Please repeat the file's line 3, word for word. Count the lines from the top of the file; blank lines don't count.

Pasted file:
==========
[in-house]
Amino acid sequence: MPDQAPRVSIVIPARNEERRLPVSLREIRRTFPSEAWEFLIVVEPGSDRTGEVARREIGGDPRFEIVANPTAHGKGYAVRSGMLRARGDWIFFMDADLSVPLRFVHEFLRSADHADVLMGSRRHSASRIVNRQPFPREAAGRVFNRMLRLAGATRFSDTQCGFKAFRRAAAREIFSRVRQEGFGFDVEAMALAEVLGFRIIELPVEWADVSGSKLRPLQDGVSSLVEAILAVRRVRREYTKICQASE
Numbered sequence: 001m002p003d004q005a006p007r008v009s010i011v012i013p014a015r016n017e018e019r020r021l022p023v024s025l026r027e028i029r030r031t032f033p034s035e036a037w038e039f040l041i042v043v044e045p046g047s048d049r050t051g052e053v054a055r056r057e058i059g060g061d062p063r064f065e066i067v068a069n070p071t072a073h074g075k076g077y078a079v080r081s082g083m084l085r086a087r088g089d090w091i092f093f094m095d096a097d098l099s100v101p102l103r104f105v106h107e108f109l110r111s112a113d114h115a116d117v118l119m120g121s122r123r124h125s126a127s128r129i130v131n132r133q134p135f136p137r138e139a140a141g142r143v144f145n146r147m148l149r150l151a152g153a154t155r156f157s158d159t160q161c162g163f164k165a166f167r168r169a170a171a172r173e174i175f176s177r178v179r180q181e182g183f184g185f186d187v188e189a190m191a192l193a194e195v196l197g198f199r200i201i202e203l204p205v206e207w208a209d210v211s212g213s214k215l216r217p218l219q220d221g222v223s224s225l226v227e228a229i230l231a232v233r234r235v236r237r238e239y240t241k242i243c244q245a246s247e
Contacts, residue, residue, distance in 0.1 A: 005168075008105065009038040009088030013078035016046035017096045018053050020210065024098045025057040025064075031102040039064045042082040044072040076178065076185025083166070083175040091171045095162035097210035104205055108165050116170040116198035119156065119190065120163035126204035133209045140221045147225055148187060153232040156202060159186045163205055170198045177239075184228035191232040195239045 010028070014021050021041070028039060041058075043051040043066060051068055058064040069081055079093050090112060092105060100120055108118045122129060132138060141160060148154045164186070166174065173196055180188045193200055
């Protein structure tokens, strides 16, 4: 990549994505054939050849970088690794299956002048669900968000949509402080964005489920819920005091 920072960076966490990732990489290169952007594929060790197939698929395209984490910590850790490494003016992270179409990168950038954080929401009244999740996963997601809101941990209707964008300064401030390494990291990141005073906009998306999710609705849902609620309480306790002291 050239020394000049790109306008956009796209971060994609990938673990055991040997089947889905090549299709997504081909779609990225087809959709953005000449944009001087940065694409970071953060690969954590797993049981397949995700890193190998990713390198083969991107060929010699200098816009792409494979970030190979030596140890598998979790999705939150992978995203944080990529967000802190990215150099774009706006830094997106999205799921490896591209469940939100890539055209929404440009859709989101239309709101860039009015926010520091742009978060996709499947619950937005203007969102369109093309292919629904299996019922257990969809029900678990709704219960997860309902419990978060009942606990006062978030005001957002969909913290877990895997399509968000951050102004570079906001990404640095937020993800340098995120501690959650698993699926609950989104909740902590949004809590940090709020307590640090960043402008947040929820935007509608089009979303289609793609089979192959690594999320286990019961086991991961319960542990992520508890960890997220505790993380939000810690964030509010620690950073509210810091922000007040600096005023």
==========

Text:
Numbered sequence: 001m002p003d004q005a006p007r008v009s010i011v012i013p014a015r016n017e018e019r020r021l022p023v024s025l026r027e028i029r030r031t032f033p034s035e036a037w038e039f040l041i042v043v044e045p046g047s048d049r050t051g052e053v054a055r056r057e058i059g060g061d062p063r064f065e066i067v068a069n070p071t072a073h074g075k076g077y078a079v080r081s082g083m084l085r086a087r088g089d090w091i092f093f094m095d096a097d098l099s100v101p102l103r104f105v106h107e108f109l110r111s112a113d114h115a116d117v118l119m120g121s122r123r124h125s126a127s128r129i130v131n132r133q134p135f136p137r138e139a140a141g142r143v144f145n146r147m148l149r150l151a152g153a154t155r156f157s158d159t160q161c162g163f164k165a166f167r168r169a170a171a172r173e174i175f176s177r178v179r180q181e182g183f184g185f186d187v188e189a190m191a192l193a194e195v196l197g198f199r200i201i202e203l204p205v206e207w208a209d210v211s212g213s214k215l216r217p218l219q220d221g222v223s224s225l226v227e228a229i230l231a232v233r234r235v236r237r238e239y240t241k242i243c244q245a246s247e